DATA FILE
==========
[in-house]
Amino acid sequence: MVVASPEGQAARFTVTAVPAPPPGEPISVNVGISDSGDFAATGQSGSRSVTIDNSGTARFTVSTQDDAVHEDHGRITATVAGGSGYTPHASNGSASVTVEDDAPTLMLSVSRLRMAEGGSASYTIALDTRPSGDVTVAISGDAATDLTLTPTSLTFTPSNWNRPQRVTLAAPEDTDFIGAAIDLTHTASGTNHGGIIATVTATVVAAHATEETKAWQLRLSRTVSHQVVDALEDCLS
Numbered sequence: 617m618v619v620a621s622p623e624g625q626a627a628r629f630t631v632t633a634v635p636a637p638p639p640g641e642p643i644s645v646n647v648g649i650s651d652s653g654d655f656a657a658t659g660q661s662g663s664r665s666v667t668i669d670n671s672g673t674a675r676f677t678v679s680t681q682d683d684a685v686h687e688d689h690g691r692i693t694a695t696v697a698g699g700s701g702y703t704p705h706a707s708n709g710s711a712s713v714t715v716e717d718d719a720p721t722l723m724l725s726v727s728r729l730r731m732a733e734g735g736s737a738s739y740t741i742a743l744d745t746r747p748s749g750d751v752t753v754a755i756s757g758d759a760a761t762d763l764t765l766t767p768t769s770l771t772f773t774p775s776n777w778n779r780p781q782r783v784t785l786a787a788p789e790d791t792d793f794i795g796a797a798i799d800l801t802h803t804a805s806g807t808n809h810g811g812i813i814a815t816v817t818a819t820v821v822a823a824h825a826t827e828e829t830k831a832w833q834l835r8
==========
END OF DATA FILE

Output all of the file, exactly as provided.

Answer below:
[in-house]
Amino acid sequence: MVVASPEGQAARFTVTAVPAPPPGEPISVNVGISDSGDFAATGQSGSRSVTIDNSGTARFTVSTQDDAVHEDHGRITATVAGGSGYTPHASNGSASVTVEDDAPTLMLSVSRLRMAEGGSASYTIALDTRPSGDVTVAISGDAATDLTLTPTSLTFTPSNWNRPQRVTLAAPEDTDFIGAAIDLTHTASGTNHGGIIATVTATVVAAHATEETKAWQLRLSRTVSHQVVDALEDCLS
Numbered sequence: 617m618v619v620a621s622p623e624g625q626a627a628r629f630t631v632t633a634v635p636a637p638p639p640g641e642p643i644s645v646n647v648g649i650s651d652s653g654d655f656a657a658t659g660q661s662g663s664r665s666v667t668i669d670n671s672g673t674a675r676f677t678v679s680t681q682d683d684a685v686h687e688d689h690g691r692i693t694a695t696v697a698g699g700s701g702y703t704p705h706a707s708n709g710s711a712s713v714t715v716e717d718d719a720p721t722l723m724l725s726v727s728r729l730r731m732a733e734g735g736s737a738s739y740t741i742a743l744d745t746r747p748s749g750d751v752t753v754a755i756s757g758d759a760a761t762d763l764t765l766t767p768t769s770l771t772f773t774p775s776n777w778n779r780p781q782r783v784t785l786a787a788p789e790d791t792d793f794i795g796a797a798i799d800l801t802h803t804a805s806g807t808n809h810g811g812i813i814a815t816v817t818a819t820v821v822a823a824h825a826t827e828e829t830k831a832w833q834l835r8